What Does a Perioperative Nurse Do?
A Perioperative Nurse, often known as a Surgical Nurse, is involved in the care of surgical patients before, during, and after surgery. In the preoperative phase, they prepare patients for surgery, which may include conducting health assessments, providing education about the upcoming procedure, and planning for postoperative needs. During surgery, they may assist as a Scrub Nurse, directly helping the surgeon, or as a Circulating Nurse, managing the overall nursing care in the operating room and ensuring a safe, sterile environment.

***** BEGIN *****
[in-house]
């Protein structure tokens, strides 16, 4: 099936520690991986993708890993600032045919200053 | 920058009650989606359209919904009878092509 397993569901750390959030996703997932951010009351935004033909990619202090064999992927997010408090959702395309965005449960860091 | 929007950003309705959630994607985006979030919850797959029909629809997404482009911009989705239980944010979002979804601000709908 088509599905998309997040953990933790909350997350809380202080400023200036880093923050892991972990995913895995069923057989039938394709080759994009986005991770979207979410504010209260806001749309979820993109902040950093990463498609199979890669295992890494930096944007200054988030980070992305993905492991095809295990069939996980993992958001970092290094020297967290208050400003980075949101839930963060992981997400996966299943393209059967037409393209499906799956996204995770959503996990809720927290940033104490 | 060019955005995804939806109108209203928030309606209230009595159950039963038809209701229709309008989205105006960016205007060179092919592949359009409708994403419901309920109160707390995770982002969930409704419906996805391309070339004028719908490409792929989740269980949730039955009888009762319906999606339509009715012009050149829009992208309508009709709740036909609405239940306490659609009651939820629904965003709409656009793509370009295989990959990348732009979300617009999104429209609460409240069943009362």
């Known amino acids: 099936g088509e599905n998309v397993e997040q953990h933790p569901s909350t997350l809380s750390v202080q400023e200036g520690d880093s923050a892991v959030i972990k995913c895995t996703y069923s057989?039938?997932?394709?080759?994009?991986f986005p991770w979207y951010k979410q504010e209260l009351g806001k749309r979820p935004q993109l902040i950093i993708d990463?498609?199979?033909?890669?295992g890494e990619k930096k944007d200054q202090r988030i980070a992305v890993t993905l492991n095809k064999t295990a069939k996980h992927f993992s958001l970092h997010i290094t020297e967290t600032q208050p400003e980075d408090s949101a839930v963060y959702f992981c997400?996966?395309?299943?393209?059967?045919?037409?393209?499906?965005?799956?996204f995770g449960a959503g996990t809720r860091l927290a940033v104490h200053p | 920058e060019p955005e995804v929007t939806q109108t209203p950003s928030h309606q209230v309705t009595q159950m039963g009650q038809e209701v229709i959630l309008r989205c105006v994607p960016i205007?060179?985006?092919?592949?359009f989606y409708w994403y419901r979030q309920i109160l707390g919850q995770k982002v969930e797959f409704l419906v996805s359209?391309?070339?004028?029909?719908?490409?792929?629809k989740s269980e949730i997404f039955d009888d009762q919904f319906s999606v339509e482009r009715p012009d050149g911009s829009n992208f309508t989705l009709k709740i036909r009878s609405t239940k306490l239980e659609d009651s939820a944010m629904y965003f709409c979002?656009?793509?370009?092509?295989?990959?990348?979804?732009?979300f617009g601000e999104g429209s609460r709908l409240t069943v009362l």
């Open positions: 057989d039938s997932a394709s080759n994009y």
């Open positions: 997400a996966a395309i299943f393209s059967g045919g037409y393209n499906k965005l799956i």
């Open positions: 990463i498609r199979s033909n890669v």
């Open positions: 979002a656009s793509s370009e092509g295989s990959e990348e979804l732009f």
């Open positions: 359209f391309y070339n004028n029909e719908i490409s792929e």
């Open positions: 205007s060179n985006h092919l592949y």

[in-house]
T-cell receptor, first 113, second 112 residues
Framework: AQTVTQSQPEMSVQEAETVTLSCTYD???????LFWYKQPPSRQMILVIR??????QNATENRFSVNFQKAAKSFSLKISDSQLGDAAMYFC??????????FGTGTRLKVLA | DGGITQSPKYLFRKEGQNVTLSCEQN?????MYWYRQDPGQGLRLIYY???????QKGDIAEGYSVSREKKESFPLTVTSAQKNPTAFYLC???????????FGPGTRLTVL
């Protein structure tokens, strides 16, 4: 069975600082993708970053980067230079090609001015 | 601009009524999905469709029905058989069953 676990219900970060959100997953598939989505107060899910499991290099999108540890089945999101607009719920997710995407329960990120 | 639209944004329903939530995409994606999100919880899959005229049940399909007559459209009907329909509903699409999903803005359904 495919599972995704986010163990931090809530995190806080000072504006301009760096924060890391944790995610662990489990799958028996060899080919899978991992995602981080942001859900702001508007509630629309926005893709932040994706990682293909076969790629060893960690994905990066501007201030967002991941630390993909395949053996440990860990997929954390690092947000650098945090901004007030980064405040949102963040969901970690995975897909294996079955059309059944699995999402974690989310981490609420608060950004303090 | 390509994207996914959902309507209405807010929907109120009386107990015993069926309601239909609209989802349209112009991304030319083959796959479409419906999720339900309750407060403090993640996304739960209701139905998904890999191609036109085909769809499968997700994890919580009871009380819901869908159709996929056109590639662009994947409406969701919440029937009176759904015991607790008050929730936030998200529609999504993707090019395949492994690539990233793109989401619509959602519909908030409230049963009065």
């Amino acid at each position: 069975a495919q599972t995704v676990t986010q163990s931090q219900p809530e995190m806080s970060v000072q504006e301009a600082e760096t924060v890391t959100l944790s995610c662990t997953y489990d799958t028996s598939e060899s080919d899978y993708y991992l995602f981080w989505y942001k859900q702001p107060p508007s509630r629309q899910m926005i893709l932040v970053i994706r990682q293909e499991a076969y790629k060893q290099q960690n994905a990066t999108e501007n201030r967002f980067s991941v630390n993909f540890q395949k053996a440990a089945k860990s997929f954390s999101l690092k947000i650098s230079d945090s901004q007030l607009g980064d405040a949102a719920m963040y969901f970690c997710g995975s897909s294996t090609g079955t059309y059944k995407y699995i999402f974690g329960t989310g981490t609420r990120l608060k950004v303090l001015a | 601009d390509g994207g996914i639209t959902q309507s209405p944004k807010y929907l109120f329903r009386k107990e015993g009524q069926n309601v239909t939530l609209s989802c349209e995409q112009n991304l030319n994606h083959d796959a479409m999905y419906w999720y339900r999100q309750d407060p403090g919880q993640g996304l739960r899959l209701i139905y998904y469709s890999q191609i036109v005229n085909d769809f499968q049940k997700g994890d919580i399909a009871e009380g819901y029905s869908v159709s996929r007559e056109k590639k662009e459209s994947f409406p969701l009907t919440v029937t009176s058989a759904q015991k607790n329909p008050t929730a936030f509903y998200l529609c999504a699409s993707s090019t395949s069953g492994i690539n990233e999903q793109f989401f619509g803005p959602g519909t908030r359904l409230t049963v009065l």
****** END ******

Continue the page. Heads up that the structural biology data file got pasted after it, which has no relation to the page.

After the procedure, Perioperative Nurses continue their care in the post-anesthesia care unit (PACU), monitoring patients as they recover from anesthesia, assessing their condition, managing pain, and providing support and education to patients and their families for the recovery period ahead.
These nurses are critical members of the surgical team, with a focus on maintaining sterility, ensuring the use of proper surgical instruments, and monitoring the patient’s condition throughout the surgical process. Their role is essential for the successful outcome of surgical procedures and the optimal recovery of patients.